Wednesday, 19 May 2010

How many students does it take to make a windmill?

(Apparently quite a few.)

As sparkingly as Thursday ended and Friday began, quite so confusing was the rest of the Friday afternoon. The students threw themselves on making windmills with materials they found on the beach and dead branches from the surrounding bushes. The teachers and researchers stood wonderingly by as a lot of energy and focus was given to producing windmills of all shapes, sizes and materials. It completely transformed the fire station from a 'home base' into a workshop. Of course, this is what happens with laboratories: they are for trying things out.

As Horst Rickels would remark that evening and also the following day: sometimes this kind of creative stagnation is needed in order to contemplate where to go next. It was up to him and Elvira to make sure that the group would come back to their concepts of what to do on the island, and why, and how. A few main projects came out of the reflective talk on Friday morning:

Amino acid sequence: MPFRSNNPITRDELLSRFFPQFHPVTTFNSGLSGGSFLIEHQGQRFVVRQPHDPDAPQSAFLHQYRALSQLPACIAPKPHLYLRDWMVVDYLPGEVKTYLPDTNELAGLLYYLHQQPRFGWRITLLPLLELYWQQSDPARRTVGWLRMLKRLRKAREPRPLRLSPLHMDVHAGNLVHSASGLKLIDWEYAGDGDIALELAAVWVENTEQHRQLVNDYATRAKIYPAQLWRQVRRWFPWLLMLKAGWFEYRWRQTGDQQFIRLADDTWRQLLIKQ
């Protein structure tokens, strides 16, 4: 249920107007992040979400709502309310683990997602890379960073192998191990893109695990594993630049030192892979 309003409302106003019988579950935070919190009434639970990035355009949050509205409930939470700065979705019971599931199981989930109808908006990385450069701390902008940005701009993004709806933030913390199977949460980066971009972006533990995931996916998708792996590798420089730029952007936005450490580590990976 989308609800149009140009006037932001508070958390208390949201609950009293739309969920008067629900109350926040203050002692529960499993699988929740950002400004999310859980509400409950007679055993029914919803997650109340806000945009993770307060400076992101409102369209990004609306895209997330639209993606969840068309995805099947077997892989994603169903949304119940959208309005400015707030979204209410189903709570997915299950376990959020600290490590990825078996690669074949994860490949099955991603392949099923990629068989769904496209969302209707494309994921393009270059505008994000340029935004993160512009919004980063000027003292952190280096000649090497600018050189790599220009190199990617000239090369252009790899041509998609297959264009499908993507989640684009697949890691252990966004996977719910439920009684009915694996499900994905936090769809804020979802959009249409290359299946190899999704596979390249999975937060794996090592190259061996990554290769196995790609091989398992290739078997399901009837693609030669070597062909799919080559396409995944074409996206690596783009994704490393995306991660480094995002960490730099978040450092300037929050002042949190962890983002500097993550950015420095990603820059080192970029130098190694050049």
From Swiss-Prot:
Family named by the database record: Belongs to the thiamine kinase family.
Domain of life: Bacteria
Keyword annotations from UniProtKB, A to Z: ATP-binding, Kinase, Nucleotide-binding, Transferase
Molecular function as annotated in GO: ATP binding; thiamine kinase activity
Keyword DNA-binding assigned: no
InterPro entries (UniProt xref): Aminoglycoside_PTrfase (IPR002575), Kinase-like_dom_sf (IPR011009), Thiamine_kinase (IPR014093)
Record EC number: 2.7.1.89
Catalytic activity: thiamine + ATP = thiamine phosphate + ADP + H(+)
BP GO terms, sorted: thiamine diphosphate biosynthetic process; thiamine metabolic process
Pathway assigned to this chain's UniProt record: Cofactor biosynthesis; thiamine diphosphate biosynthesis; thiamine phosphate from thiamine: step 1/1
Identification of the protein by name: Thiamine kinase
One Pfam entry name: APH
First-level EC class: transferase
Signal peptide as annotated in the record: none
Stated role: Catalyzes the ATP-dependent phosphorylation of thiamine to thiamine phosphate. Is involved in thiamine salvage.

1) The bunker - The bunker Wassermann was built on the highest point of the island during the second world war. It was never used for war purposes but still its inherent meaning was that of war, agression, suffering. The students wanted to change this.

2) Vredenhof - The peaceful cemetery near the bunker holds the graves of many (young) men who died during the first and second world war. Many of the graves do not have names on them but say something like 'inconnu' or 'known unto God'. The students thought it would be appropriate to give these men an identity somehow.

3) The path between the bunker and Vredenhof - How to connect those two places? The idea of a procession was forming.

4) The dunes - The natural environment of the island does not only provide many points of beauty but also acoustic opportunities. The dune bowl that was originally envisaged as a project location was abandoned because swallows were nesting there. A new location was found near the village.

5) The Wad - From mud we are born and to mud we will return. This was the basic idea behind a short performance piece in the muddy Wad to the south of the island.

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